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The war at home: affective economics and transnationally adoptive families in the United States.

  • Stryker, Rachael
Published Article
International migration (Geneva, Switzerland)
Publication Date
Jan 01, 2011
PMID: 22180883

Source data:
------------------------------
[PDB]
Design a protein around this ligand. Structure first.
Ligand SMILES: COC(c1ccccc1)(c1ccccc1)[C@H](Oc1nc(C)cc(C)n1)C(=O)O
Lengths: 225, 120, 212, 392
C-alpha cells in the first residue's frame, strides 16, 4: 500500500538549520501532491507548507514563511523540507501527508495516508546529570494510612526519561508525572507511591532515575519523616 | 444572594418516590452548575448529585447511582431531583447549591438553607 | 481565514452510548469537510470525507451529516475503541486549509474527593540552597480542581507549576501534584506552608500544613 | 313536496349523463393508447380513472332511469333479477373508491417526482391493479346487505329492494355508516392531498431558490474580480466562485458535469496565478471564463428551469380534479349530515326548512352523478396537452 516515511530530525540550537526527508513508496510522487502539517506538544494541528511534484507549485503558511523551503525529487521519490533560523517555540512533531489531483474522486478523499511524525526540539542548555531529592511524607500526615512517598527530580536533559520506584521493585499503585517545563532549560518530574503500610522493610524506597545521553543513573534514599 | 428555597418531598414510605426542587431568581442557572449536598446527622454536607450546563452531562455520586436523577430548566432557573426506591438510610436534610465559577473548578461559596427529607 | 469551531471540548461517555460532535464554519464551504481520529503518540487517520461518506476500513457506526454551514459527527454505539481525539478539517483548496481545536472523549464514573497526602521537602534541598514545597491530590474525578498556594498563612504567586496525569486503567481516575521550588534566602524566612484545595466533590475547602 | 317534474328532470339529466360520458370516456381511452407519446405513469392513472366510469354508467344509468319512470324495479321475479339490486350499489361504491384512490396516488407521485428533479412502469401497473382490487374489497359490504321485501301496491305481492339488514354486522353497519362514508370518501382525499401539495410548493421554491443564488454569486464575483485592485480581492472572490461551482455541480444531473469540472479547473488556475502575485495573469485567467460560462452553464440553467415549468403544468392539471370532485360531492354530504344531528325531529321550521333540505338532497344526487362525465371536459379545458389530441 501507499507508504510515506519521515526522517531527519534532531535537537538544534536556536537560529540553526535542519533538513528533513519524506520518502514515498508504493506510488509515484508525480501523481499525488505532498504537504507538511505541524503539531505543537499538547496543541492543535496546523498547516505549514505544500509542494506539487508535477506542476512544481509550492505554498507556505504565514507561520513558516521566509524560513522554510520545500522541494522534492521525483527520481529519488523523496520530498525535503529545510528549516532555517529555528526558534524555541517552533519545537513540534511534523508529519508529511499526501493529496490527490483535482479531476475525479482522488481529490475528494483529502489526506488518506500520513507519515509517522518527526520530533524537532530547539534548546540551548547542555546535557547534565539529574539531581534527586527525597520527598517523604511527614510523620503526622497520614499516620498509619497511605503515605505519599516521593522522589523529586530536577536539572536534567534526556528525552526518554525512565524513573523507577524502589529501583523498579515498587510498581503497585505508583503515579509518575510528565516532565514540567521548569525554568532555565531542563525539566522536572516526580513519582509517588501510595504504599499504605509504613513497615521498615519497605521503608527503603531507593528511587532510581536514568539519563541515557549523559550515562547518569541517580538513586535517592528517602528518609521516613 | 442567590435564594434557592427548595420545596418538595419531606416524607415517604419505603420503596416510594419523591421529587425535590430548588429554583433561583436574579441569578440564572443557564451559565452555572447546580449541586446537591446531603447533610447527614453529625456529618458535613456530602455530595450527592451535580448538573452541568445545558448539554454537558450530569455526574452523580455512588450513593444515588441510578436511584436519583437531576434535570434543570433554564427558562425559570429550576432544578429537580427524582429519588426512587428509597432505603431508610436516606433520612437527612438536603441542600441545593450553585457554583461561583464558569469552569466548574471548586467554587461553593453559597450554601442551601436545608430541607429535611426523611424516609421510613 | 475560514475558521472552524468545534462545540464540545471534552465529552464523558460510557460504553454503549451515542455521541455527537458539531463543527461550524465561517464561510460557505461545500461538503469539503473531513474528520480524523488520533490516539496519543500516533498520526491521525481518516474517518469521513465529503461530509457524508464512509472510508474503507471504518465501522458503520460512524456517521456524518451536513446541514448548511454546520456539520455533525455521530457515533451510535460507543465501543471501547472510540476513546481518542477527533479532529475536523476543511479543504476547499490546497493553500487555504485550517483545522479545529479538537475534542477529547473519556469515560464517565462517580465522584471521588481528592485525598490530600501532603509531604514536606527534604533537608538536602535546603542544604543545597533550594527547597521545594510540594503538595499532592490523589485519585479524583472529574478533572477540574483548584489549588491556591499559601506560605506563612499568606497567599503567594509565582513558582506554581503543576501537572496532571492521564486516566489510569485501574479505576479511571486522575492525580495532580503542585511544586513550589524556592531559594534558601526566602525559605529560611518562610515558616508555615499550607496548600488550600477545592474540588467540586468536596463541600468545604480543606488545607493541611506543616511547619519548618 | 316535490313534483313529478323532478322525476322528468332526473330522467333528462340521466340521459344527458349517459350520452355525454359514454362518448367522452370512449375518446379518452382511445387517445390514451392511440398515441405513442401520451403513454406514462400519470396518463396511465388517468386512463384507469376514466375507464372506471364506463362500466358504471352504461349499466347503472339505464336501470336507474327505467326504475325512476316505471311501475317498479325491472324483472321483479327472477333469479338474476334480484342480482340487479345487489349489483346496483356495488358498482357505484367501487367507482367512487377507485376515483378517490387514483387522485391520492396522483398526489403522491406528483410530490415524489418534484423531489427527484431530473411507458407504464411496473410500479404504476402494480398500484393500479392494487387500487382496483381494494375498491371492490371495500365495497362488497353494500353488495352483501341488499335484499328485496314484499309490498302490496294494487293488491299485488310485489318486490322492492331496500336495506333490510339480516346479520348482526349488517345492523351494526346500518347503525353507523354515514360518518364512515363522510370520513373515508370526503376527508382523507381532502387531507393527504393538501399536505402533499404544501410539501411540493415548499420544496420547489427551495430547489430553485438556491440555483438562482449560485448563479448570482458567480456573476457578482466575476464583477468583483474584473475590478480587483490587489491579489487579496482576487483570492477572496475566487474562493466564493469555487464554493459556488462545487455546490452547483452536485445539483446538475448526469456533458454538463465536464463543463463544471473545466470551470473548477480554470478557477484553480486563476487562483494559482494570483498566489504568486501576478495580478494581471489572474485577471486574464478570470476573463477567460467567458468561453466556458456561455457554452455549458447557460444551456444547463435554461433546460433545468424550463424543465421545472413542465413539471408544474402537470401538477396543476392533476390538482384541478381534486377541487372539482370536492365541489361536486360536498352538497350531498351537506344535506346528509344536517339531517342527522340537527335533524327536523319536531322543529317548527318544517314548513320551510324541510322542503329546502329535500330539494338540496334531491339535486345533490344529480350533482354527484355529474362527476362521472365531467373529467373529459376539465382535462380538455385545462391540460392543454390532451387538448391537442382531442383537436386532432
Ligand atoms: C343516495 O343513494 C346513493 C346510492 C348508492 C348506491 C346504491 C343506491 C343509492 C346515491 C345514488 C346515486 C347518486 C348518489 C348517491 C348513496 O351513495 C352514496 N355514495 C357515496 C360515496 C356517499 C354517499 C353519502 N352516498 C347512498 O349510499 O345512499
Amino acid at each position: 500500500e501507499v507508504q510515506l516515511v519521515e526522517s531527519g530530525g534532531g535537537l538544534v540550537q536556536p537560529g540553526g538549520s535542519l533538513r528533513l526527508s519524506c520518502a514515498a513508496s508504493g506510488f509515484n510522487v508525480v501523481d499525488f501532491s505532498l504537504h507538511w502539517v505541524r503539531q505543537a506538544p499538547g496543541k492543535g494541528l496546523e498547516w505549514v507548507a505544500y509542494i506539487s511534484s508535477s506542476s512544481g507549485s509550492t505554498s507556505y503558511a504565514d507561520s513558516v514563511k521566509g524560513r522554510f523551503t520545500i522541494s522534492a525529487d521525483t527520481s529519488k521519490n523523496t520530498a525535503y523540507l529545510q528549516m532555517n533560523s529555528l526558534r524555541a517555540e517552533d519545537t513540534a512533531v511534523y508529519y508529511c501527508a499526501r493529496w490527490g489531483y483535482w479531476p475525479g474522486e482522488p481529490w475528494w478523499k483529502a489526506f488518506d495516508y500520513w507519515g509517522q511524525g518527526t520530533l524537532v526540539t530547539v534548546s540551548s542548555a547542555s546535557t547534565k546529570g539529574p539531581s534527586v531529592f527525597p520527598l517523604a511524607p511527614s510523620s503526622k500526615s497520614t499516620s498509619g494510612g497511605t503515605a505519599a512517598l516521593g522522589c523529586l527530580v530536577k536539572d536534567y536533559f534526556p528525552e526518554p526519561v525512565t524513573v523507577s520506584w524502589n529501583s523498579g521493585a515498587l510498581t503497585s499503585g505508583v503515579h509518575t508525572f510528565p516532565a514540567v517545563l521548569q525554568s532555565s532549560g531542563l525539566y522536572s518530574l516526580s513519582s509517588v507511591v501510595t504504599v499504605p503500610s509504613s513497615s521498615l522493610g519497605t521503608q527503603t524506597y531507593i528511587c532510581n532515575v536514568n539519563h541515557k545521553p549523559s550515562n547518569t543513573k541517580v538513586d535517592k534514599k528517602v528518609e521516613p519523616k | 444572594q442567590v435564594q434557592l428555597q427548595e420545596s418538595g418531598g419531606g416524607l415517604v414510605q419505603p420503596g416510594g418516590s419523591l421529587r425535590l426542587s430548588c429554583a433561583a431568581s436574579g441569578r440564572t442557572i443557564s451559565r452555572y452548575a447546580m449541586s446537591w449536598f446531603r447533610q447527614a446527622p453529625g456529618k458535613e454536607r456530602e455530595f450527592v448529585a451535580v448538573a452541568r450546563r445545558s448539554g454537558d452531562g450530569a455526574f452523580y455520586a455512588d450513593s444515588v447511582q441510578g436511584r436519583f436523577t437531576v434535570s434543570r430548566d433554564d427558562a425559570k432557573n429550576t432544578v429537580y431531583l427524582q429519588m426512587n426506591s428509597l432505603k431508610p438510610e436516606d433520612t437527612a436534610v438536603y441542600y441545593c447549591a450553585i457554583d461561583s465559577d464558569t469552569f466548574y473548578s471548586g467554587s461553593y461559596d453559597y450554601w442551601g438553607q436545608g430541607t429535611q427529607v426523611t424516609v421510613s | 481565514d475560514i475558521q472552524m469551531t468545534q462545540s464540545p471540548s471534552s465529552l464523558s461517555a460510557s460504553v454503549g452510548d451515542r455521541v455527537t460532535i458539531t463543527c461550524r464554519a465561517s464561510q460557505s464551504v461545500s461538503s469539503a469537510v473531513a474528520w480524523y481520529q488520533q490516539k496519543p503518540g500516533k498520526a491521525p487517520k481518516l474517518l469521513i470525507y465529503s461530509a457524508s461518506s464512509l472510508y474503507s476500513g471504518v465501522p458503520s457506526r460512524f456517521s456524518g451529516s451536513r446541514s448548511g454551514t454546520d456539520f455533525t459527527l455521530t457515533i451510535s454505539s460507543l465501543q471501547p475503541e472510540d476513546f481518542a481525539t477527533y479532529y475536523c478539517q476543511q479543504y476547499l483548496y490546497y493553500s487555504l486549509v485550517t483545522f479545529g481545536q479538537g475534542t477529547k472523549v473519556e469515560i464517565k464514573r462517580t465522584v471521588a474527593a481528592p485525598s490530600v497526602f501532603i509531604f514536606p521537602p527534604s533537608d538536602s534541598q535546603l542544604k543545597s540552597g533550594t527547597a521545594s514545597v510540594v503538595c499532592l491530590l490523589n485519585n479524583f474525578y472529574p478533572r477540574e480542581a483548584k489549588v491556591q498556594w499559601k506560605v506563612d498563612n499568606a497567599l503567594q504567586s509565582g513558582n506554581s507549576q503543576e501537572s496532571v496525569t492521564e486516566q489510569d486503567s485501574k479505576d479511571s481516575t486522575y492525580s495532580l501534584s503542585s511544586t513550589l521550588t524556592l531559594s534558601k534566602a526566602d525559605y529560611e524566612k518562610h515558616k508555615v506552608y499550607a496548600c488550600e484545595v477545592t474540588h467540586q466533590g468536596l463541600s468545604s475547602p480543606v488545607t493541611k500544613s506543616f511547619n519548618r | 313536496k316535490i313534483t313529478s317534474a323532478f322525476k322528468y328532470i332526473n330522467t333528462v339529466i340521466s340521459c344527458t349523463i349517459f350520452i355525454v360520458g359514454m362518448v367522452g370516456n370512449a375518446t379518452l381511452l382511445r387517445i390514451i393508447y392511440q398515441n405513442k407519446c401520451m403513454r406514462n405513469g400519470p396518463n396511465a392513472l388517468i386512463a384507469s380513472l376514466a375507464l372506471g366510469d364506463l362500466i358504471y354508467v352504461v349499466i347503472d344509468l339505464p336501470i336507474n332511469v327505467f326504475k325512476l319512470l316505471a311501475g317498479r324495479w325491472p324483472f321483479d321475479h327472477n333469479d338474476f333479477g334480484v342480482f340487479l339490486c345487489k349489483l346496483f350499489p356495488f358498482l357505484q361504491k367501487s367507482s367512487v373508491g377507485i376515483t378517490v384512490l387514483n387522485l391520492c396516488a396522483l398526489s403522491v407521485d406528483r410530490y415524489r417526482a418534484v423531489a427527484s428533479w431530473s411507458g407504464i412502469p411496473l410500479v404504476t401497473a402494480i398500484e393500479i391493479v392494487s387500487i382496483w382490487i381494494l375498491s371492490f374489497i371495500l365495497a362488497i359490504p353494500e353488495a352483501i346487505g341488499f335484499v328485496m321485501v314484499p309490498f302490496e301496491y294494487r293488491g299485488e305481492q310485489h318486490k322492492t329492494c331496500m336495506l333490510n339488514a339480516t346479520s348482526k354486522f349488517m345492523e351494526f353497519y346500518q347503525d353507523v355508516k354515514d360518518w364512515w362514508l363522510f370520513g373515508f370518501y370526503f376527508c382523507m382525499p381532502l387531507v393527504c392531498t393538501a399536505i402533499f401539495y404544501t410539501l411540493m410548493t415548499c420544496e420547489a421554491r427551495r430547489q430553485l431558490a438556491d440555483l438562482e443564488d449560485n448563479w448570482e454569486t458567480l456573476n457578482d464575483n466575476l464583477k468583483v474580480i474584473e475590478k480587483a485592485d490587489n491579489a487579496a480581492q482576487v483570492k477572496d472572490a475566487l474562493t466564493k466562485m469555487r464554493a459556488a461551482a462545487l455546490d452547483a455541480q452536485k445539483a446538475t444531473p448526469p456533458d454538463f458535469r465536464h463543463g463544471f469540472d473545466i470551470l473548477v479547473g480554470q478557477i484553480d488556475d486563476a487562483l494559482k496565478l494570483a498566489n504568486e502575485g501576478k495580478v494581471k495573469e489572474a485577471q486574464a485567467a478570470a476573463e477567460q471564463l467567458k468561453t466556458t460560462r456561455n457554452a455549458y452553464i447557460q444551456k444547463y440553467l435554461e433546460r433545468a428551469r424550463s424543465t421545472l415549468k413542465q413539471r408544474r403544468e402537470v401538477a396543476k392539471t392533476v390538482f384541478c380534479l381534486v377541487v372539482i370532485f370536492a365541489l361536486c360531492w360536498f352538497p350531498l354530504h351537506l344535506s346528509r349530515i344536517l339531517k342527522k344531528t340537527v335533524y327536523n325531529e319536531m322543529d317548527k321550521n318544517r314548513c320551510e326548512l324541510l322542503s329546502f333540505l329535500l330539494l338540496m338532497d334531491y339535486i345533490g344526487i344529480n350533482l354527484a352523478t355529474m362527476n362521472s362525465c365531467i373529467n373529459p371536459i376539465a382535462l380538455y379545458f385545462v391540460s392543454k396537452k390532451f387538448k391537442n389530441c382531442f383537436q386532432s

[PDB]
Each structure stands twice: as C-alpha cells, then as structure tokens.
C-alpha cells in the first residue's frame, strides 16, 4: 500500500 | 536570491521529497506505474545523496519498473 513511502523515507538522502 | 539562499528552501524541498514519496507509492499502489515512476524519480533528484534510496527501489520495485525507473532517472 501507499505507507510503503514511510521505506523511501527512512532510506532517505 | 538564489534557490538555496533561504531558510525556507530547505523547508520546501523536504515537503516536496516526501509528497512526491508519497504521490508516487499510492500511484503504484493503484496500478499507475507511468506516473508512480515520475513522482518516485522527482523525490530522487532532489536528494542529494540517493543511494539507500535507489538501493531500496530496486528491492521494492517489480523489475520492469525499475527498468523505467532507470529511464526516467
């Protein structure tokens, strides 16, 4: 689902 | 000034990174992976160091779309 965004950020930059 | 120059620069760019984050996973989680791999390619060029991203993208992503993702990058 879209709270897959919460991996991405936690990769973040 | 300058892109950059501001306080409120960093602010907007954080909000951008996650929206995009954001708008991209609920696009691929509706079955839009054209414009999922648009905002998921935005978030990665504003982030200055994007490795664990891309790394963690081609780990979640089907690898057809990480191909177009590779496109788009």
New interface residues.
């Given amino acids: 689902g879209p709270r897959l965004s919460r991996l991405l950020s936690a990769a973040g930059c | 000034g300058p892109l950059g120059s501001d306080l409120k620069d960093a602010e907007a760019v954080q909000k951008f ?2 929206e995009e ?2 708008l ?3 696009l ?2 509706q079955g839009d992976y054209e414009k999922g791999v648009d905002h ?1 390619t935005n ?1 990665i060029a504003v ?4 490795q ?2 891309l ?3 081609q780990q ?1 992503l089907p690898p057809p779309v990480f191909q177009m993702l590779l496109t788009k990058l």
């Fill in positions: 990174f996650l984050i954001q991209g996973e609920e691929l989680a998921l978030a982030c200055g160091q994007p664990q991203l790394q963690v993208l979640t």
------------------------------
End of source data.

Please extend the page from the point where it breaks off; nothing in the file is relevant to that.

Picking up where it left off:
The question of how to best conduct post-placement interventions for transnationally adoptive families at risk of dissolution (legal annulment) is an emerging issue in the United States. The current popular trend for adoptive families to pursue biomedical post-placement interventions, despite a lack of proof that such interventions actually work to keep the adoptive family intact, suggests the need for a more phenomenological approach to understanding both adoptive parents’ and transnational adoptees’ post-placement experiences. This study examines the empirical experiences of adoptive families at risk of dissolution in the United States who attempt to define and navigate the path toward family stability after adopting. From the coding of this data set emerge some routes through and by which emotions circulate between adoptive parents and transnational adoptees through the family body and the family social. Particularly, it investigates one post-placement “affective economy” at work in which adoptive parents attempt, through the expression of particular forms of parental love, to align adoptees as subjects of the private, nuclear American family, while adoptees more often attempt to create space for more heterogeneous forms of family, ones that include birth parents and other kin-like relations in their countries of origin. Ultimately, it illuminates some vastly different and sometimes contradictory ways that adoptive parents and adoptees can interpret family through emotional lenses, ones that can prevent a smooth post-placement transition for adoption actors. An understanding of these differences and how they shape, and are shaped by, the post-placement affective economy within families at risk of dissolution may aid in locating indicators for adoption dissolution, and possibly, designing more effective post-placement interventions for families struggling in the aftermath of adoption. It may also help scholars begin to think about the construction and impact of affective economies in the realm of adoption more generally.

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